Fine–dining–guide made a return visit to Odette’s in Primrose Hill to sample the delights of the summer menu.
Bryn William’s restaurant continues to attract a loyal following in the prosperous neighbourhood and from those further afield.
In good weather, greater opportunities for alfresco eating are offered in the front terrace and the inner garden. Inside, those who find the eclectically designed front room with its cramped tables, chintzy wallpaper, wall lamps and metal chandeliers overwhelming can seek refuge in the more spacious back room which has been tastefully refurbished with display shelving and comfortable banquettes.
With a brigade of just five in the kitchen, Bryn continues toproduce seriously accomplished cooking, confirming hisplace amongst the leading young chefs in the capital. That he has not yet been awarded a Michelin star – it must surely be just a matter of time – remains a mystery. Both simple and complex dishes delight with their precision in cooking and generosity of serving. Eating at Odette’s can be a relative bargain, especially the set lunch and early evening menu, with two courses at £16, three at £20. On the carte, the quality and sheer range luxury ingredients, along with a wide choice, more than justify the price structure: starters range from £8 to £14, mains £16 to £25, desserts from £8 to £10 and cheese at £12. For those who are defeated by the embarrassment of choice, a six course tasting menu is available at £60, or £90 with matching wines. (£50 /£80 for the vegetarian option)
Bryn’s current menu fully exploits the brilliant, well sourced produce of summer. Consider, for instance, the lunch dishes of chilled tomato soup, lamb fillet with pea and mint risotto or Parmesan gnocchi with asparagus, broad beans and pesto and a dessert of strawberry soup with spiced bread ice cream.
These dishes capture much of the rich colours and vibrant, fresh flavours of the season. This continues into the carte, with summer vegetable tart with Jerusalem artichoke, radish and herb salad, or braised fennel, grilled courgette, black olive gnocchi and aubergine puree. Both these options also show the strength and versatility of Bryn’s Mediterranean influenced vegetarian cookery.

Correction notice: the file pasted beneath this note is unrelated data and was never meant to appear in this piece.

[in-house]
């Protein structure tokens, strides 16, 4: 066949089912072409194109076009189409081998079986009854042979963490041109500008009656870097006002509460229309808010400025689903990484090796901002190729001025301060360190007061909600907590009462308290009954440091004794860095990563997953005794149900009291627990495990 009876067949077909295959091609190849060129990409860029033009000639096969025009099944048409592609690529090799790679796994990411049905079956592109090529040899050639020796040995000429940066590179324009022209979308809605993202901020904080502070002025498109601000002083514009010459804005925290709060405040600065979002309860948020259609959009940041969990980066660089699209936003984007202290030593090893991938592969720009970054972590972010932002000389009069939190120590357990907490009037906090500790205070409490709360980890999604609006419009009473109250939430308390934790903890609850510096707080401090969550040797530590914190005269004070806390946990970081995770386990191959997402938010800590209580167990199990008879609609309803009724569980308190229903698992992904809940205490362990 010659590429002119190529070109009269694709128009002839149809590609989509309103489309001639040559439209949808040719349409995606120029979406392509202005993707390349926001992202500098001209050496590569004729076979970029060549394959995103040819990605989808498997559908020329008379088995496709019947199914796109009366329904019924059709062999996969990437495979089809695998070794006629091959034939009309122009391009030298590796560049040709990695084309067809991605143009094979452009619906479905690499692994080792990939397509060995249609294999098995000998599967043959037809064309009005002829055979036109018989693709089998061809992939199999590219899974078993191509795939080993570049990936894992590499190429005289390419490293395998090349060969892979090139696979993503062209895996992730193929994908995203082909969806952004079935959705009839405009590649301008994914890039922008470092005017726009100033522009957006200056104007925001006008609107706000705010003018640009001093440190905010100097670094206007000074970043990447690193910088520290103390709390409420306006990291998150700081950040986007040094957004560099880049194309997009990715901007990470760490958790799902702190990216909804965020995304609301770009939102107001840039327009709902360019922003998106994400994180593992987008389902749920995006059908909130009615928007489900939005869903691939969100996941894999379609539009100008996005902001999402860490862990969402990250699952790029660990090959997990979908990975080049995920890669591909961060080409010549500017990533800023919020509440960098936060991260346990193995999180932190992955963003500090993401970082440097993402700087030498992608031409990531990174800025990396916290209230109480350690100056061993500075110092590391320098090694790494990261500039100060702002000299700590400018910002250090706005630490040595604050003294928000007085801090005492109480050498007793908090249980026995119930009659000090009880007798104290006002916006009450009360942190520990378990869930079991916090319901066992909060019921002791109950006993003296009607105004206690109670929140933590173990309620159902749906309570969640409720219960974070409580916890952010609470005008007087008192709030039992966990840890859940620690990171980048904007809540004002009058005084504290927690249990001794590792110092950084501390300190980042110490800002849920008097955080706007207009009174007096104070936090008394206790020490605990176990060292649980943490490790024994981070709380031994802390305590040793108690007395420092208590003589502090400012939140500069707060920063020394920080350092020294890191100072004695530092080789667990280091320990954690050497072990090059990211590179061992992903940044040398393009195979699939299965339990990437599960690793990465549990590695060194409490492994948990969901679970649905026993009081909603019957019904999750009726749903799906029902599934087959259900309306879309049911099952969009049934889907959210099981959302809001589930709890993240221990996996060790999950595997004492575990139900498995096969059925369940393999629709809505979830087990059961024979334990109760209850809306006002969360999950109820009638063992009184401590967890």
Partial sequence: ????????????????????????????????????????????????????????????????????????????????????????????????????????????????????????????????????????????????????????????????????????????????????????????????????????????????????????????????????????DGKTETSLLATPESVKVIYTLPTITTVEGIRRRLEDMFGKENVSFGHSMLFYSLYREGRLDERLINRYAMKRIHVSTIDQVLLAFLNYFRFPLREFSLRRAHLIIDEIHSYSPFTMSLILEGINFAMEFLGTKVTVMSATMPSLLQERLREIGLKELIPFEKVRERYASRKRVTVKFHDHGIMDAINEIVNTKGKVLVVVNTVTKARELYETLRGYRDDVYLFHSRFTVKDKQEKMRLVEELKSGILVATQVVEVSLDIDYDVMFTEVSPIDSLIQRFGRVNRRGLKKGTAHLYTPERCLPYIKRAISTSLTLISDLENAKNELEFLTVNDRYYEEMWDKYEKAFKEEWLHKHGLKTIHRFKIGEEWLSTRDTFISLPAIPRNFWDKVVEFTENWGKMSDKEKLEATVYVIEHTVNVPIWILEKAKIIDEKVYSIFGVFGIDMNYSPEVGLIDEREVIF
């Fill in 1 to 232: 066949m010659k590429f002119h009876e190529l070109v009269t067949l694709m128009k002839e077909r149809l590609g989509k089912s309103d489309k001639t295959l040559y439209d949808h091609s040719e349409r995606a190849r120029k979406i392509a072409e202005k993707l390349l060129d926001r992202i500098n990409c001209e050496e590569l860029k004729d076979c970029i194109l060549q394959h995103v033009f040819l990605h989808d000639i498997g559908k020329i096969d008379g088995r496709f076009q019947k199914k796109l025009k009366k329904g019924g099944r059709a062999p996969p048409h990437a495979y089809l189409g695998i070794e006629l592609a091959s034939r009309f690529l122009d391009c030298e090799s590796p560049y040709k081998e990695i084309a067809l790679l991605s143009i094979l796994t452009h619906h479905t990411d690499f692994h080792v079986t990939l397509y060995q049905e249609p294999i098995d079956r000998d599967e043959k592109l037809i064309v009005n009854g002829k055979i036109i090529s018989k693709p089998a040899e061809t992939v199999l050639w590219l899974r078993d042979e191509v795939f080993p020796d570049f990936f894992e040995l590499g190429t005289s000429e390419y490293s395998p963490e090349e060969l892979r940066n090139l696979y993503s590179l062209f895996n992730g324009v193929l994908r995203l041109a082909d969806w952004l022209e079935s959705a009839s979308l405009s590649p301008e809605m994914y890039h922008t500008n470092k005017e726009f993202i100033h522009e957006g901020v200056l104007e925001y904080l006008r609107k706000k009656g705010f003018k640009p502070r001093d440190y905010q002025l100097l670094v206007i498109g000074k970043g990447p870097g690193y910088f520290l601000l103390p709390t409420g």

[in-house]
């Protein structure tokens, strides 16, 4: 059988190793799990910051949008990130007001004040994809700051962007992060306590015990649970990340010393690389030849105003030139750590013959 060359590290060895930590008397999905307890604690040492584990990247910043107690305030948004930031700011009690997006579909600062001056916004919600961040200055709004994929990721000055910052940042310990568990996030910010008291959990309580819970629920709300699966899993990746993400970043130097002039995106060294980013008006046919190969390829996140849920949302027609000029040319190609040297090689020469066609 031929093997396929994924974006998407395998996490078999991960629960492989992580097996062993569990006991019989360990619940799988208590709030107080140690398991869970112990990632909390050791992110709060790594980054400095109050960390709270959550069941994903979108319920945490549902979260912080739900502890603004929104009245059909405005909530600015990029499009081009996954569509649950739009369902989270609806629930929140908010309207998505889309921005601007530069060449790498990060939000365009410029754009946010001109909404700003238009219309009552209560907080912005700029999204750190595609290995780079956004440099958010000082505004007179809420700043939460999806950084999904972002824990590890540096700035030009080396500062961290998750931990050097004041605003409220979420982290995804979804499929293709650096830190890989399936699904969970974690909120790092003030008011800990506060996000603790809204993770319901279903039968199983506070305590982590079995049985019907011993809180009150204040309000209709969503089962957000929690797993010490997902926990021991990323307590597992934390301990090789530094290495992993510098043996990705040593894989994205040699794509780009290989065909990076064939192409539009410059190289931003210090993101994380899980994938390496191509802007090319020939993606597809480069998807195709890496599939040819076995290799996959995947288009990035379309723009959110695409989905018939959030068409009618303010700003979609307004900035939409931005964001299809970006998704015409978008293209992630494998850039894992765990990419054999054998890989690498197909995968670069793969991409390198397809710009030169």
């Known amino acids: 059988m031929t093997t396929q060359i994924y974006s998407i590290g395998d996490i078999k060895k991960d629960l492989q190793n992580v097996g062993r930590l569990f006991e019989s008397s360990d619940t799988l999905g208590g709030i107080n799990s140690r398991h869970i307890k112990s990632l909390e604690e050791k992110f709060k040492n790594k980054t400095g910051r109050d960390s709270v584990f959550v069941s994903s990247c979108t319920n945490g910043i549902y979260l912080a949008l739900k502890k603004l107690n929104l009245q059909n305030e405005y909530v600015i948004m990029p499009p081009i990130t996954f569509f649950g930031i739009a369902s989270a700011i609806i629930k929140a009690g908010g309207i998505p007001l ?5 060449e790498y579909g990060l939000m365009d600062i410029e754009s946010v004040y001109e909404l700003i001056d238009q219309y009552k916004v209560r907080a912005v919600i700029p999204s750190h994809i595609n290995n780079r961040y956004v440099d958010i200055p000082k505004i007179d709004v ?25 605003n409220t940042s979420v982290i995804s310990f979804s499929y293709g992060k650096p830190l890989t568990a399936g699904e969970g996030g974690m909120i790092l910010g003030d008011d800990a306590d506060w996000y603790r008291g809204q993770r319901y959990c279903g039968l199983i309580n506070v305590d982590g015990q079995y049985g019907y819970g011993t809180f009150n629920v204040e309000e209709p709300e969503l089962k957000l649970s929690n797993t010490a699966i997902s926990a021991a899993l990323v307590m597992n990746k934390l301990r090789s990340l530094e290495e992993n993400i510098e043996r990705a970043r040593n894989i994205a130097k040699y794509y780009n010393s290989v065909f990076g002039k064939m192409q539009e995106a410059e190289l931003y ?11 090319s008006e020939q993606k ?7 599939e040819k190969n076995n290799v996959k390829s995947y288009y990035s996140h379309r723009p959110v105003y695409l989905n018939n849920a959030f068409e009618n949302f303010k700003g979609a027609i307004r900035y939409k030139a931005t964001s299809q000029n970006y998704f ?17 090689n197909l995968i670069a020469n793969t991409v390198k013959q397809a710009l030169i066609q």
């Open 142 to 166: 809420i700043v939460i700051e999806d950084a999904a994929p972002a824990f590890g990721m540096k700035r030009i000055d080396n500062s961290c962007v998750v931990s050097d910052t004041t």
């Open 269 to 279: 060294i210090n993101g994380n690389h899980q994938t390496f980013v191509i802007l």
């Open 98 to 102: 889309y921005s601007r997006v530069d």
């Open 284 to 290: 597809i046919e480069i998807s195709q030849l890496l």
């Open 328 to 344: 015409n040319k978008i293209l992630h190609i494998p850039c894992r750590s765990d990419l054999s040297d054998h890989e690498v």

Our summer lunch dishes, left to the chef’s discretion, showcased his signature dish as well as new creations.
A starter of hand dived scallops, beautifully seared to produce a caramelised crust and soft melting flesh, worked well with confit chicken wing and a light chicken jus. The whole dish was lifted by a sublime puree of new season’s garlic, delicate sweet and fragrant. A crisp, vibrant white wine complemented this dish well. (Wine: Chenin blanc, Dry Creek, California, 2009)
Another starter of wood pigeon saw the breast roasted to a tender pink, with a pastilla of its leg, both resting on a thin jus flavoured with chocolate. A foie gras croquette added an unctuous richness, whilst pickled cherries gave a sweet and sour astringency which balanced the other elements perfectly. Like all the dishes, this was stunning in its artistic yet restrained presentation. The chosen red wine did full justice to the robust flavours of this dish. (Wine: Cotes du Rhone, “Haut du Brun”, Alain Jaume, 2009)
Heading the list of main courses, Bryn’s signature dish, showcased in BBC’s Great British menu for the Queen’s 80th birthday, revealed his creativity at its best. It was a triumphant marriage of turbot and oxtail. The pan roasted, golden crusted, firm textured and fully flavoured fish worked well with the slow cooked, meltingly tender boneless oxtail. Cockles and samphire added texture and element of salinity, complementing the fish. Red wine jus and garlic foam completed this composite, sophisticated dish, one which it will impossible to take off the menu, regardless of season. This distinctive dish deserved a fine accompaniment, which the lightly floral and fruity notes of the chosen white wine supplied.
(Wine: Macon Villages, Louis Chedeville, 2009)
Noisettes of Elwy Valley lamb from Bryn’s native Wales were cooked pink to retain their exceptional sweetness, whilst a wrapping of fat helped also to retain their succulence. A baton of shredded lamb shoulder, crumbed and deep-fried, added richness and textural contrast. Vegetable accompaniments of fondant potato and peas, baby gem lettuce and mint in the French style, enhanced the dish well. Of particular note is the quality and skilled cooking of the fresh peas, which avoided reducing them to unpalatable bullets! The big, full flavoured palate with berry aromas of the red wine proved a fine accompaniment. (Wine: Cotes du Rhone, “Haut du Brun”, Alain Jaume, 2009)
Desserts showed the same creativity and attention to detail as the other courses.
A playful interpretation of the seventies’ shop bought classic was Bryn’s Arctic roll. His version replaced ice cream with an intense lemon curd. Cranachan with raspberries provided an appropriate balancing garnish
Equally delicious was the rich, moist Pistachio cake, which worked particularly well with apple puree and calvados cream. Both desserts were enhanced by the well balanced sweet wine.
(Wine: Muscat de Rivesaltes, J M Lafage, Roussillon.)
Other aspects of the meal – the well made breads, the good coffee, and the knowledgeable and attentive service – were all beyond reproach. (However, it might be useful on hot summer days for mineral water to be chilled). Overall, eating at Odette’s is a joy, even if some of the décor is not to everyone’s taste. The consistency with which Bryn Williams delivers high quality dishes must surely stand his restaurant in good stead for Michelin star recognition. We await the publication of the next guide with interest.